Recent Advances in the Treatment of Chronic Lymphocytic Leukemia and Mantle Cell Lymphoma - Episode 10
Highlighting the ELEVATE TN and ASCEND clinical trials, panelists share expert insights into the next-generation BTK inhibitor acalabrutinib for CLL.
Anthony R. Mato, MD, MSCE: Let's delve into the next-generation BTK (Bruton tyrosine kinase) inhibitors because this is probably one of the hottest topics in the field. We'll call them second-generation covalent inhibitors. I don't know what the right term is anymore. Callie, I want to start with you, and I want to talk about the Elevate TN [study] (NCT02475681) because this is a trial that just keeps giving us more and more knowledge. I think the updates are actually more exciting than the original presentation. Can you summarize what's been updated [with] a couple lines about the design and and what you're learning from that dataset?
Catherine C. Coombs, MD: Matt had just alluded to this study. I totally agree with your assessment that the updates are getting more and more exciting every year. Elevate TN was a 3-arm trial. The randomization was to acalabrutinib with obinutuzumab, acalabrutinib as a monotherapy, and the standard arm was chlorambucil and obinutuzumab. We got the 5-year update at the most recent congresses, and what that shows is that acalabrutinib with obinutuzumab continues to have an edge with respect to the other 2 arms. The primary analysis of course showed that both acalabrutinib containing regimens were superior to chlorambucil obinutuzumab, but we're seeing the acalabrutinib plus obinutuzmab arm really have the most favorable rates of progression-free survival (PFS). At 5 years, that ends up being 84% for acalabrutinib plus obinutuzumab compared to 72% for acalabrutinib by itself. Chlorambucil is somewhere in the 20% range, so quite a bit more dismal.
The other really exciting thing from the 5-year update is that there's starting to look like a survival advantage to the acalabrutinib plus obinutuzumab regimen, and I think that's really changing my mind on whether to offer obinutuzumab to patients. Early on when I thought it was just a PFS advantage, I had concerns about the potential added toxicity of obinutuzumab. However, what we're seeing now with this further follow-up is that the acalabrutinib plus obinutuzumab patients have the highest rate of OS at 5 years, specifically 90% compared to 82% for the chlorambucil plus obinutuzumab patients. Though there may be added toxicities with obinutuzumab compared to just doing acalabrutinib by itself, this may be paying off in dividends with respect to survival, which may become more pronounced with further years of follow-up. We will have to see.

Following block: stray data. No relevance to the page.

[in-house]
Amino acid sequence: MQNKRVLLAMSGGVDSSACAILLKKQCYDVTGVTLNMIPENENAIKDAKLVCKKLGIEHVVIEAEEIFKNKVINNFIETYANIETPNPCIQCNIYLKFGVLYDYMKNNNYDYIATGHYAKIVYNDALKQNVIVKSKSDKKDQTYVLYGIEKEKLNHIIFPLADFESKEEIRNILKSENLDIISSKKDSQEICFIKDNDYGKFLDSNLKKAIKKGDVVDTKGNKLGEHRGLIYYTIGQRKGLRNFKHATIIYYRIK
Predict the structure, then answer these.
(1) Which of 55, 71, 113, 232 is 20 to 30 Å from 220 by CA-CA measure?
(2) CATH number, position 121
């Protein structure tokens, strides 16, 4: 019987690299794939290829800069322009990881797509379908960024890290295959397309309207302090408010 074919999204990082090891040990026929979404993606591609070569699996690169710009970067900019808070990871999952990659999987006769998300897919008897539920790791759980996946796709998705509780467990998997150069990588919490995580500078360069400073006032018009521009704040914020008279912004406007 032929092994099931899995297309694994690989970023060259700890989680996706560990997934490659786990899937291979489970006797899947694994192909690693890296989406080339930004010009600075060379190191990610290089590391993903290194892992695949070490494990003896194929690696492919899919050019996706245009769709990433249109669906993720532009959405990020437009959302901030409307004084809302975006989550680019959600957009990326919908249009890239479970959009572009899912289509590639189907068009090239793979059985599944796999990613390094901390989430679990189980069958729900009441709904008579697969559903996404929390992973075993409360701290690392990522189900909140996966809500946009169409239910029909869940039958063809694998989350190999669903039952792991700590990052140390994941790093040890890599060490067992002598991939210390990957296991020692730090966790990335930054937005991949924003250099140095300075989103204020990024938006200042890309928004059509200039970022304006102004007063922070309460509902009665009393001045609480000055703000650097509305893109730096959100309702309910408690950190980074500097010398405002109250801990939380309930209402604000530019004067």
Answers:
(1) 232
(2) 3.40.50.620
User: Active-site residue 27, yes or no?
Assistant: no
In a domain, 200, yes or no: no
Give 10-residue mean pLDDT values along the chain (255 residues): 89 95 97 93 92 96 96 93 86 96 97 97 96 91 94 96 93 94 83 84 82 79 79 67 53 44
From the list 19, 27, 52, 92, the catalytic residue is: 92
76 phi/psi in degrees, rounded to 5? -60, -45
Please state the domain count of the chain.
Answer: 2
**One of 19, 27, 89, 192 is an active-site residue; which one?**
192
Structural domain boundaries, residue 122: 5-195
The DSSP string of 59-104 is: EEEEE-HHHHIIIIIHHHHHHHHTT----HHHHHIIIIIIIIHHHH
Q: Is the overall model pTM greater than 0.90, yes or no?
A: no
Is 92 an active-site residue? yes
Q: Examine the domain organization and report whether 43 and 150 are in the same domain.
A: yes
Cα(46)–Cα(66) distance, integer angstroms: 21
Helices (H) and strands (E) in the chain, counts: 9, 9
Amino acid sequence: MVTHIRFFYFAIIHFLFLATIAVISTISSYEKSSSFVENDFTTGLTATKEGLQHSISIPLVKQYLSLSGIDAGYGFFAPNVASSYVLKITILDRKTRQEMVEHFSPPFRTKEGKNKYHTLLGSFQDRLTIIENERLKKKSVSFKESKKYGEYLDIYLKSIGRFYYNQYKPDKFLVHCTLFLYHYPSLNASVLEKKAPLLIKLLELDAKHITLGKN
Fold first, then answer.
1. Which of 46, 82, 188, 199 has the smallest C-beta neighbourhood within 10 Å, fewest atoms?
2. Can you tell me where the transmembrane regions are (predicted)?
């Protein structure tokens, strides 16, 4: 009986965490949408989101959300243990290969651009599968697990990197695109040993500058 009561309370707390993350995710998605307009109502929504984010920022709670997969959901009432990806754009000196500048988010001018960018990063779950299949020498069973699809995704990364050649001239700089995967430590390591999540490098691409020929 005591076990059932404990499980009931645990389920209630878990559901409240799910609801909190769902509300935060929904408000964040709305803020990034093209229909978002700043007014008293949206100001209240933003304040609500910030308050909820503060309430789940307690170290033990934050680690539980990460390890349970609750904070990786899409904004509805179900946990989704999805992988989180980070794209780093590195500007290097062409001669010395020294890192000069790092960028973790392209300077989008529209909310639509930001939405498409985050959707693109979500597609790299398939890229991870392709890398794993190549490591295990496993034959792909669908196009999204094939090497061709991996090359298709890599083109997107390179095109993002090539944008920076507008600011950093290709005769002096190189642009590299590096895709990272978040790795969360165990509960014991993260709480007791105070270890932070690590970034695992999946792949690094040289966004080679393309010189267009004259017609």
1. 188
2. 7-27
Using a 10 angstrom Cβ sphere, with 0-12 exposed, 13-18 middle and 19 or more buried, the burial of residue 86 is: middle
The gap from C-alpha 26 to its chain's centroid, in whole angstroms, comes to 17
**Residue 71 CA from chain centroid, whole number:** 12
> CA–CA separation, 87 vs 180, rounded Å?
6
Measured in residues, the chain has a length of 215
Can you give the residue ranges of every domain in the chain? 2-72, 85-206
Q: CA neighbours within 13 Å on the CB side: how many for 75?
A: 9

Anthony R. Mato, MD, MSCE: I want to stay on the topic of acalabrutinib. I think this drug gets the credit of comparing itself to more than 1 targeted therapy, which hasn't happened with the other molecules. I want to talk about the ASCEND trial (NCT02970318), Brian. This trial was recently updated. I think it's the 4-year update and maybe the final analysis as well, where acalabrutinib was compared to idelalisib/rituximab and bendamustine/rituximab in the relapsed/refractory setting. You want to comment on that comparison and then give us perspective on where the PI3K inhibitors fit into the relapsed/refractory setting?
Brian T. Hill, MD, PhD: Sure. As you point out, sometimes the CLL studies have been criticized for not [having] robust comparators. Chlorambucil was beat up on for many years [in] trials as a frontline standard arm for older patient. The ASCEND trial was in the relapse setting, and it compared treatment with acalabrutinib vs what would be considered more active therapies: idelalisib with rituximab, which is an active PI3K inhibitor that we know has some toxicities. But there's also bendamustine/rituximab, which still is used, particularly in Europe and in the community for patients [with] relapsed CLL. What was remarkable was just how much better the BTK inhibitor was than both idelalisib or bendamustine/rituximab. At 42 months, the PFS rate was 62% vs 19%, with comparator arms. Not even close in terms of PFS, and there was also an OS trend in favor of the acalabrutinib arm. I think this type of data is important to really show the utility in the relapse setting of novel agents like BTK inhibitors, [such as] acalabrutinib.
Anthony R. Mato, MD, MSCE: One other comment about acalabrutinib. Every drug has limitations. Michael already highlighted the headache issue, but the other limitation I can think of is the drug-drug interactions with PPI (proton pump inhibitors), and there were data presented at [the 2022] ASH (American Society of Hematology) [Annual] Meeting [& Exposition], where the ELEVATE+ was presented, and this is a new formulation of acalabrutinib which doesn't have to deal with the drug-drug interactions. Does anyone have any comment or update as to when we might actually see that in practice? I'm not sure, but does anyone have a timeline? Everyone's shaking their head no. We don't know, but we think it will be important when it finally does become available to us.
Transcript has been edited for clarity.